The Society for Epidemiologic Research, or SER, held its annual meeting in Boston, MA this past June 18-21, 2013. The meeting was well-attended by Epidemiologists from the United States, Canada, and beyond, and had a number of excellent workshops, symposia, and presentations.
The President’s address, delivered by Dr Sandro Galea of Columbia University’s Mailman School of Public Health, covered the theme of "consequentialist epidemiology". By this Dr. Galea means seeking answers not only to epidemiological questions of causation, but also to policy questions on broader issues such as gun control and population nutrition. This sparked lively debate as people expressed opinions both in support of and in opposition to the idea that SER ought to be focusing more on such policy issues.
A continuing theme this year was the use of marginal structural models with observational data in order to make strong statements about causation. The primary purveyors of these methods were James Robins and Tyler Vanderweele from the Harvard University School of Public Health, and Stephen Cole from the University of North Carolina's Gillings School of Public Health. Of particular interest was a session on methods for estimating survival and hazard functions under conditions of competing risk, a joint presentation by Cole, Robins, and others. However, these methods are seeing wider adoption by researchers, particularly student investigators.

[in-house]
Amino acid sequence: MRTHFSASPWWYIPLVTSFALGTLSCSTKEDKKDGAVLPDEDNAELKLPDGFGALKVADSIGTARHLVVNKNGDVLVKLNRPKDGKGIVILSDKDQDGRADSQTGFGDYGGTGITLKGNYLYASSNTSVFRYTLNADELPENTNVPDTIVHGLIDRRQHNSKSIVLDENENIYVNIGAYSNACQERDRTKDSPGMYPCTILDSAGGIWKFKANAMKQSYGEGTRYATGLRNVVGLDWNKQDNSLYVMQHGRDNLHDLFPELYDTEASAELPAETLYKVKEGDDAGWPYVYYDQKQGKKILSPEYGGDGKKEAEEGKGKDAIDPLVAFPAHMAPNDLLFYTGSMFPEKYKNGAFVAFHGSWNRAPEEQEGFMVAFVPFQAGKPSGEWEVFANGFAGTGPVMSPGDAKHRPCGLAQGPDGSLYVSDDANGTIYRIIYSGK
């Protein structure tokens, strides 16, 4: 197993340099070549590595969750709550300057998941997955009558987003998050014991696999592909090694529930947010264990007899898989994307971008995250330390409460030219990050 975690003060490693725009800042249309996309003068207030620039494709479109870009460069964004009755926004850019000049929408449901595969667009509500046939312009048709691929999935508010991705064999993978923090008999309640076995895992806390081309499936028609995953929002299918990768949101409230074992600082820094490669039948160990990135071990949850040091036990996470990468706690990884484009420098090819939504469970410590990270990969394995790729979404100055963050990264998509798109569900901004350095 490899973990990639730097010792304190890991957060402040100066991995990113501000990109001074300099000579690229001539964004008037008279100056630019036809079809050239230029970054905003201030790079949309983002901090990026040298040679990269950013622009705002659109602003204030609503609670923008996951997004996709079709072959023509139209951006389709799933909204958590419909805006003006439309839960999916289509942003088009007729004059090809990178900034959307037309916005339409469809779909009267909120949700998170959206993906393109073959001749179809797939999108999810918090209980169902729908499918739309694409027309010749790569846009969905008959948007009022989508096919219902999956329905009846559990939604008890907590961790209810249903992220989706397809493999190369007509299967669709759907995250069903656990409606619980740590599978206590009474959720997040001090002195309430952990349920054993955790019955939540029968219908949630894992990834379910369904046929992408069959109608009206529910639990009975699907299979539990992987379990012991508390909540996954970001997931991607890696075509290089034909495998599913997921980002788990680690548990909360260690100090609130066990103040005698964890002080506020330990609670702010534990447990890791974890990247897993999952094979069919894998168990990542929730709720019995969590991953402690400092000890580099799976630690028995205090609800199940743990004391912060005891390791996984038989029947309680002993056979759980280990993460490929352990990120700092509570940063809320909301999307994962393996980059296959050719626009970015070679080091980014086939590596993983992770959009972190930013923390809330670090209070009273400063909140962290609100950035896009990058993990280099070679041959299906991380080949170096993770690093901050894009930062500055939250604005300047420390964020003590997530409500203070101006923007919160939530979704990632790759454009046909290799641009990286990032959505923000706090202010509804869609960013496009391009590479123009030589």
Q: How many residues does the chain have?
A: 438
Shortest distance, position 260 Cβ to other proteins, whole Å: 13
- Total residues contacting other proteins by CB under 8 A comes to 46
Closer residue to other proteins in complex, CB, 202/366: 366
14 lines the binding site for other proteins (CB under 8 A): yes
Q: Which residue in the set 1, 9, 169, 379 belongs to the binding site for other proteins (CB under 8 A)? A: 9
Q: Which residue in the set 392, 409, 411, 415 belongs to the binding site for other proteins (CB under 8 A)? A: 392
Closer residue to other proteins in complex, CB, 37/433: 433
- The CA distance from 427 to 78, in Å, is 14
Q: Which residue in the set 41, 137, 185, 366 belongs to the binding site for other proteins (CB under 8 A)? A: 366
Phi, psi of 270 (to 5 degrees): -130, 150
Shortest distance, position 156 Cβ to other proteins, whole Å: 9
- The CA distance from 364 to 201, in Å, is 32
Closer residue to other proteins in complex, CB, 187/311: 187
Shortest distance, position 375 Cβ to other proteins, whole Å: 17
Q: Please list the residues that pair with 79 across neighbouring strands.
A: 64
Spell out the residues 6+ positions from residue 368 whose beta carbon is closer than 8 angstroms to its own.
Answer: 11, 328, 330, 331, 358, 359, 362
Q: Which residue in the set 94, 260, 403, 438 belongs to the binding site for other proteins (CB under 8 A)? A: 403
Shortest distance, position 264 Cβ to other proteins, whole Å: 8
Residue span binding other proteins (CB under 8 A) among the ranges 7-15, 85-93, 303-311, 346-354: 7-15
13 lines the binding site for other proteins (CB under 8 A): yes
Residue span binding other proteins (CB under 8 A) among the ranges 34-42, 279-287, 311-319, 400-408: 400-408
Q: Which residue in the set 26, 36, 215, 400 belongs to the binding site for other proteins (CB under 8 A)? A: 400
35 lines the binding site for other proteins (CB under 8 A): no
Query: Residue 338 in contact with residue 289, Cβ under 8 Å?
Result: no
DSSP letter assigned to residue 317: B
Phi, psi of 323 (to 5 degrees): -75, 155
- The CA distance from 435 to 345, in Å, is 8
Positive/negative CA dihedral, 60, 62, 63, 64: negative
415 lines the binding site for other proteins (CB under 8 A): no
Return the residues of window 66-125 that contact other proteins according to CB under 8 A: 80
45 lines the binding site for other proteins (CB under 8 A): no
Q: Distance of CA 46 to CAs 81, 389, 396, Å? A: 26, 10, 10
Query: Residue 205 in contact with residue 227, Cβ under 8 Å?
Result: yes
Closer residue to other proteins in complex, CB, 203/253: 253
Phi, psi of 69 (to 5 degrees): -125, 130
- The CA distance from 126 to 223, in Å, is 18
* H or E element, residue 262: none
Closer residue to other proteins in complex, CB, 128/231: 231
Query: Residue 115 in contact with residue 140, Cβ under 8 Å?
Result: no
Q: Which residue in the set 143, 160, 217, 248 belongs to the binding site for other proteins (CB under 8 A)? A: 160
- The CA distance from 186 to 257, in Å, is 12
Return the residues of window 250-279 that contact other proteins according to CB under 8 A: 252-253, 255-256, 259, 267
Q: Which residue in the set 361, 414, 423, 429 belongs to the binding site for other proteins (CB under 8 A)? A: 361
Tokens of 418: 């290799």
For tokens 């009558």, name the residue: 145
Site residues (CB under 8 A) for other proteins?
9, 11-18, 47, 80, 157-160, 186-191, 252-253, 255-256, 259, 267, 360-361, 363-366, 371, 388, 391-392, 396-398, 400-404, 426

A highlight of the conference for me was the chance to connect with students and postdocs in Epidemiology via the SER Student and Postdoc Committee (SER-SPC) social. There I was able to make some new friends from the Harvard University School of Public Health, Vanderbilt University, the National Cancer Institute, the University of Alberta, and St. Jude’s Children’s Research Hospital in Nashville. It was a real pleasure to talk with each of them and find out a bit about what they do in Epidemiology – a great group of young researchers to be sure.
The 2014 SER annual meeting will be held in Seattle in June, and I personally look forward to yet another great conference!